If you’ve been around Chicago long enough, at least in the Agile community, you would know that the company currently known as HERE (formerly NAVTEQ and then Nokia) has a great reputation for being an Agile organization through and through. The truth is, the Agile movement there started as an experiment – as most things in Agile should.
I tag along while Allen Rutzen and Jorgen Hesselberg describe the best example of a true Agile Transformation and an organizational Agile Mindset.
The ever-controversial Tom Mellor discusses the differences between ‘Being Agile’ and ‘Doing Agile.’ Tom talks quite a bit about Frederic Laloux’s organizational paradigms (categorized by a color spectrum), and gets us started down a road that leads to differences in what we are taught about the basic elements of Scrum – or at least what we thought we were taught.
Tom also qualifies and stands by his statement “I think the ScrumMaster was the worst thing ever created in Scrum” by answering the question “If you don’t have a ScrumMaster, how do you expect [a new Scrum Team] to become a team that practices Scrum?” — You have to listen to get his answer
I recently got the most wonderful opportunity to talk with a couple of legends in the Agile Community – Chet Hendrickson and Ron Jeffries! They’re partnering with Brian Levy to bring a 5-Day, dual certification, public CSD class to Chicago for the week of 14-18 March, 2016.
Ron, Chet and Brian discuss many of the XP Practices we grown to love and integrate into our Scrum implementations. Brian also adds a dash of SAFe to the conversation.The class, in downtown Chicago, combines a 3-day Certified Scrum Developer (CSD) class and a 2-Day SAFe ScrumXP class. Class attendees will be awarded the CSD via Scrum Alliance (assuming they already have other pre-requisites covered), and the Scaled Practitioner (SP) via Scaled Agile.
Just Matt and Rick
Matt Beam, new co-host of Agile Chicago Style Podcast
Join me as I query Jack Walser, of AIM Consulting, on DevOps. Before Jack spoke to the Agile Professional Learning Network (APLN – Chicago) in June, I didn’t have a great idea of what DevOps, in the Agile space, really was.
Jack breaks down the components of a DevOps environment needed to succeed.
In July 2015, Maria Matarelli and Harvey Wheaton presented the results of Scrum Alliance’s State of Scrum 2015 survey. The survey returned 4400+ responses that led to some very interesting results.
I was able to get Maria and Aakash Srinivasan (both veterans of this podcast) to discuss some of the more interesting analysis of these results.
Recently, I had a wonderful time talking with Angela Johnson about modifications to Scrum that make us cringe. Sprint 0 and Story Authors topped the list. Please give Angela’s article Are You Transforming the World of Work, or Confusing It? for more on these subjects.
Aakash Srinivasan is an Agile Coach and Trainer, in the Washington DC area, who speaks quite often at Agile events, conferences and Gatherings. Aakash and I sat down last month and talked about a great range of topics.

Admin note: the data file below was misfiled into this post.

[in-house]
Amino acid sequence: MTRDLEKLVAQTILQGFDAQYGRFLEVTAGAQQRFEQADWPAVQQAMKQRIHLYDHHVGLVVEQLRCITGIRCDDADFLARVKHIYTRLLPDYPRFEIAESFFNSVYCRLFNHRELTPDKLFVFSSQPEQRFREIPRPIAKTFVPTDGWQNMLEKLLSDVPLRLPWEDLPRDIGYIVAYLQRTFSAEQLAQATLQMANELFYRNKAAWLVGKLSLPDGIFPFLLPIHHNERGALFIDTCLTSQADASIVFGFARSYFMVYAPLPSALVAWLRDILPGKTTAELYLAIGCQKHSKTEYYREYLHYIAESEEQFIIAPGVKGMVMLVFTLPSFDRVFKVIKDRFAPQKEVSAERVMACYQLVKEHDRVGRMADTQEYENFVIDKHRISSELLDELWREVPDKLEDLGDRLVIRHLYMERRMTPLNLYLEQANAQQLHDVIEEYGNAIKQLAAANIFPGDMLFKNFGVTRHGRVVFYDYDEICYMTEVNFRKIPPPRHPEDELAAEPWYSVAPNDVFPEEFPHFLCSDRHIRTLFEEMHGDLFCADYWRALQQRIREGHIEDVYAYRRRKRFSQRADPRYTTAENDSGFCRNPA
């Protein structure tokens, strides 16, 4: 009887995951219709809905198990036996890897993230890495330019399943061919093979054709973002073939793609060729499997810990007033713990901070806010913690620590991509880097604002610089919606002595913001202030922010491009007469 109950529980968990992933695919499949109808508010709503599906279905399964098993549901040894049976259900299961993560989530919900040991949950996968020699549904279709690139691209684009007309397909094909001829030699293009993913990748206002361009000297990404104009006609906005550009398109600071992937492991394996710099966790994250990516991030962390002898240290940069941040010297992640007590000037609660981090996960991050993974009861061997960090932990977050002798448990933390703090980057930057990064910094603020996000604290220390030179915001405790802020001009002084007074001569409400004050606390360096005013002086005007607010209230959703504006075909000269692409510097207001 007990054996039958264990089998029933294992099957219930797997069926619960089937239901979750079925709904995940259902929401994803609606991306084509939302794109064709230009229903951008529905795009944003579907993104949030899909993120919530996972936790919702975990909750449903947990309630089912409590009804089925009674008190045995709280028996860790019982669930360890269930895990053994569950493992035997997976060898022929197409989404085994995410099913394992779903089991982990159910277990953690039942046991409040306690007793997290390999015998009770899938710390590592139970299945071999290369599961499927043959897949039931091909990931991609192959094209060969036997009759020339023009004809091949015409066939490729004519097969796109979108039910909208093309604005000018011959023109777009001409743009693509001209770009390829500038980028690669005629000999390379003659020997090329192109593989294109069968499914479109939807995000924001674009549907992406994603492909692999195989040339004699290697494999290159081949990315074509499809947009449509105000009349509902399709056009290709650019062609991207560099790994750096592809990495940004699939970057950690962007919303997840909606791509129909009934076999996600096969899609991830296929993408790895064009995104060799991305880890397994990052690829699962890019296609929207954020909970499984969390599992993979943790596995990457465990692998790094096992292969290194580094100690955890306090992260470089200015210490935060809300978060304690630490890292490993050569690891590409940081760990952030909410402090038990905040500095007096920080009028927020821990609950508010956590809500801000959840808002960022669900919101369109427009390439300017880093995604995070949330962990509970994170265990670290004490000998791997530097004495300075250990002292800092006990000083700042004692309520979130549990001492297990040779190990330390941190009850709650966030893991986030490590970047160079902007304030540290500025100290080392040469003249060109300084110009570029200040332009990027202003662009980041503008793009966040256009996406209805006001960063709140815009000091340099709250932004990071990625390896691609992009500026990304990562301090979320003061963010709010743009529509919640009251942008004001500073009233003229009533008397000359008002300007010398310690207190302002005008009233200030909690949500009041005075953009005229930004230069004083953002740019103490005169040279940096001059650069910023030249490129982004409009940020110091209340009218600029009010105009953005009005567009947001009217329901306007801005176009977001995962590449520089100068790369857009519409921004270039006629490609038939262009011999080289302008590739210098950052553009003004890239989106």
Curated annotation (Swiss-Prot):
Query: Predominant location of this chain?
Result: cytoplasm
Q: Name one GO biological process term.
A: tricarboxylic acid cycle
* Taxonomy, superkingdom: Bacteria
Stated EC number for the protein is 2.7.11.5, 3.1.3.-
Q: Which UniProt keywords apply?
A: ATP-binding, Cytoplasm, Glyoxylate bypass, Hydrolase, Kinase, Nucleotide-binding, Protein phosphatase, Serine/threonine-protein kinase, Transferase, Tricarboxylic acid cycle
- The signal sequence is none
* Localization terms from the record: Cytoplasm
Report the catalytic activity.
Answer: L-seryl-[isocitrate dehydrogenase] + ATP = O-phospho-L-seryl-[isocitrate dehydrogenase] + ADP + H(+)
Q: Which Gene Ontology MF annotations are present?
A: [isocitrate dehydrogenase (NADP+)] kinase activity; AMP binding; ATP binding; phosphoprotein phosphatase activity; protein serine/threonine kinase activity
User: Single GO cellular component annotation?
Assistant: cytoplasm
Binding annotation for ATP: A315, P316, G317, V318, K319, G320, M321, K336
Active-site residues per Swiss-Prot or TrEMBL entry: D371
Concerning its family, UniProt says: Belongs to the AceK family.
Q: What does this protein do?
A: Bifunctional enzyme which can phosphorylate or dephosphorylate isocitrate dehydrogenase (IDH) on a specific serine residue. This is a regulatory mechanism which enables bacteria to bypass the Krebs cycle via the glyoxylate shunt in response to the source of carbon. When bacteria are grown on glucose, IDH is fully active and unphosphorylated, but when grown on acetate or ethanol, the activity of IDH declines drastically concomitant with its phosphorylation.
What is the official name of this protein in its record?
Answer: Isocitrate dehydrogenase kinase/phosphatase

Besides name-dropping (Mike Cohn, Dhaval Panchal, Roger Brown, Catherine Louis, Maria Matarelli, Dave Prior, Mike Vizdos, Arlen Bankston, Tom Mellor), We actually talk about topics like why Agile Coaches are needed when ScrumMasters are intended to be the team coaches; ‘Pure Scrum’ vs Reality; DAD, Scrum, Scrumban, and Kanban comparisons and where/when they fit; training, co-training, and being CST candidates; Scrum Gatherings and Agile conferences.
In this episode, please excuse the hacked up sound quality. I didn’t realize it while Dave and I were speaking, but I entered into this discussion with preconceived ideas of what scaling Agile orgs meant, and it was well reflected in my part of the discussion. At times I derailed the conversation, and at others, I slowed Dave down from getting his point across. I believe I’ve been able to edit the audio back into a semblance of coherent conversation, almost simply by editing out some large portions of me talking. So, please enjoy Dr. Dave Sharrock speaking about scaling Agile organizations. It’s not necessarily all about making your Agile footprint bigger, ideally it’s about making it better (and then bigger later).
Mike Marchi, Agilist, and I (re)talk about his experiences in Scrum, XP, and Agile in general. Mike, VP and co-founder of Agile Professional Learning Network Chicago chapter, runs the gamut of all things Agile – books, Scrum Gatherings, team experiences, motivating teams, etc. Please listen for some great examples of real-life Scrum success stories, and a few funny stories too.
I sat down with Angela Druckman (CST) last week and discussed a few topics that greatly concern us both. Angela is a Certified Scrum Trainer, from the Pacific Northwest, who trains in several major markets in the USA, and abroad. She authored 30 Days to Better Agile, and is currently working on a new book about Agile Coaching. Her new book will be a companion to an Agile Coaching course that she plans on offering for the first time, this Spring.
Tune in to this episode of the Agile Chicago Style Podcast to hear what Angela calls Stealth Scrum, Progressive Independence, “The Homework”, and her arguments and opinions on Prioritized Backlogs vs. Ordered Backlogs, and Methodologies vs. Frameworks. And listen for one great quote from Angela “Good is the enemy of great.”
Maria Matarelli, president of Formula Ink, Certified Scrum Trainer (CST), and author, talks with me about her experience in a recent CSM class where she brought in Suzanne Oliver, of Heart of a Fighter, to act as a real-life Product Owner of/for her non-profit organization.
Maria’s idea to have the CSM class focus on a real non-IT organization to help them realize their goals, yielded some very interesting results. Listen to our conversation to learn more.